ServiceLayer Provides Instant Web Services for Java Applications

 
 
By Darryl K. Taft  |  Posted 2009-02-04 Print this article Print
 
 
 
 
 
 
 

AgileIT has delivered a beta release of its ServiceLayer technology, which is a run-time Java framework that enables users to dynamically add Web services to an existing Java application using a point-and-click interface. The current beta release of ServiceLayer runs with Windows and Tomcat. Linux and other Java Enterprise Edition (Java EE) containers will be supported soon.

AgileIT has delivered a beta release of its ServiceLayer technology, which is a run-time Java framework that enables users to dynamically add Web services to an existing Java application using a point-and-click interface.

Mark Hansen, founder of AgileIT, said ServiceLayer solves systems integration challenges by making Web services implementation projects fast and easy. The current beta release of ServiceLayer runs with Windows and Tomcat. Linux and other Java Enterprise Edition (Java EE) containers will be supported soon.

With ServiceLayer, users can add Web services to production Java applications without writing code. ServiceLayer also enables users to start, stop, add and delete Web services without shutting down or disrupting production applications; and no changes are made to the Web-service-enabled applications.

ServiceLayer scans a program bytecode and provides a graphical user interface showing all the program's classes and methods that can be exposed as Web services. The user only needs to point-and-click to select the Web services they want to expose. No coding is required, and "no migration, recompilation or repackaging is needed either," Hansen said.

Hansen said ServiceLayer works by mirroring the bytecode of a Java program that its Web service enables. Only the bytecode related to those methods exposed as Web services is mirrored, he said. And "within its mirroring system ServiceLayer enhances its copies of the program's .class files by injecting bytecode to add the JAX-WS [Java API for XML Web Services] and JAXB [Java Architecture for XML Binding] annotations necessary for Web services support," Hansen said.

AgileIT invented the patent pending dynamic bytecode mirroring technology behind ServiceLayer and has spent the last three years doing the research and development necessary to bring it to market. Mark Hansen holds a Ph.D in computer science from the Massachusetts Institute of Technology. Hansen has founded two other software firms: QDB Solutions - a database tools company; and Kinderhook Systems - an e-commerce integrator. Hansen also is the author of "SOA using Java Web Services," a reference guide for Web services developers.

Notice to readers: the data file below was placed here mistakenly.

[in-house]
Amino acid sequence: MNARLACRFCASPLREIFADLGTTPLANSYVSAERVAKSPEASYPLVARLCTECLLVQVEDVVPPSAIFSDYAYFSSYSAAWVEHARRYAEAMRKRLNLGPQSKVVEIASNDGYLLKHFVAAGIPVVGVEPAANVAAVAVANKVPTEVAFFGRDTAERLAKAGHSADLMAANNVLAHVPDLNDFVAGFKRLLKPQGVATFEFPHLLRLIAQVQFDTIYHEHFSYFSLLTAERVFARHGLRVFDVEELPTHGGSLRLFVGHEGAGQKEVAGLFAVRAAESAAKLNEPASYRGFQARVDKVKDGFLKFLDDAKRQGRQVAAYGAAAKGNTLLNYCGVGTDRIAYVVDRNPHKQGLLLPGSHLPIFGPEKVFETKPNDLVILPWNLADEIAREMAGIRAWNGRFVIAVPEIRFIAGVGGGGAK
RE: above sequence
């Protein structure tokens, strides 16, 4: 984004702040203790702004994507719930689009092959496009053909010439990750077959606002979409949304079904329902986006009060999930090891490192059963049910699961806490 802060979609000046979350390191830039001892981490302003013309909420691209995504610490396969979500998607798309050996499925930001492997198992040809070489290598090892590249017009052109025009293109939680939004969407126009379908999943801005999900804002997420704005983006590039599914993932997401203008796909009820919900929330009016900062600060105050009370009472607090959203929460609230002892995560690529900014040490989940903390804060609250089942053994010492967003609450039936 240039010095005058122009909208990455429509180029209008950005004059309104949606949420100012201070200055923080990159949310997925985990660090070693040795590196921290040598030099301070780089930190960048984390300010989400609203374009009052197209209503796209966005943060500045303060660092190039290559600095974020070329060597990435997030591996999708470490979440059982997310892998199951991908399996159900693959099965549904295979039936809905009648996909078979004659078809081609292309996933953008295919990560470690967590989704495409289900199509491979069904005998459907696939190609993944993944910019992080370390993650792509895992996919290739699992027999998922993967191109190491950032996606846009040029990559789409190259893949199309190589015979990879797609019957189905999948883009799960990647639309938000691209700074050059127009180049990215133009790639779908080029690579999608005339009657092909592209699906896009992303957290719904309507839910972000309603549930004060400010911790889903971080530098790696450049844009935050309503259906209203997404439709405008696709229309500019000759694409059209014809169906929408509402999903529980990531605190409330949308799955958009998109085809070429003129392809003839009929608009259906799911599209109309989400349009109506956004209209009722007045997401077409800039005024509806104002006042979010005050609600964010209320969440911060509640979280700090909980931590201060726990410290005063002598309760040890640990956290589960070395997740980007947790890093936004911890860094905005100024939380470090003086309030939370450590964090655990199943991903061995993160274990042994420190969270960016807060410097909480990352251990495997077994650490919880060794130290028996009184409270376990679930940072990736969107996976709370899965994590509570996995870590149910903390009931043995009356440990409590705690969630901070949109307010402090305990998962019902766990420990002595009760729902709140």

Hansen said he believes ServiceLayer is a revolutionary tool for exploiting the power of Web services to speed systems integration. "With ServiceLayer, the Web service enablement portion of a systems integration project can be completed in a fraction of the time required by traditional programming techniques," he said. "A Web services project, that would normally require a team of programmers several months to complete, can be implemented by a single person in a matter of days with ServiceLayer." Meanwhile, AgileIT has launched its beta program.

Prospective beta test participants can apply to the program at: http://agileitinc.com/ApplyToBeta.html.

"The ideal candidate for the ServiceLayer beta test program is an enterprise with production Java applications that need to be Web-service-enabled quickly, without disruption to existing operations, and integrated with other internal or external applications," Hansen said. 

 
 
 
 
Darryl K. Taft covers the development tools and developer-related issues beat from his office in Baltimore. He has more than 10 years of experience in the business and is always looking for the next scoop. Taft is a member of the Association for Computing Machinery (ACM) and was named 'one of the most active middleware reporters in the world' by The Middleware Co. He also has his own card in the 'Who's Who in Enterprise Java' deck.
 
 
 
 
 
 
 

Submit a Comment

Loading Comments...
 
Manage your Newsletters: Login   Register My Newsletters























 
 
 
 
 
 
 
 
 
 
 
Rocket Fuel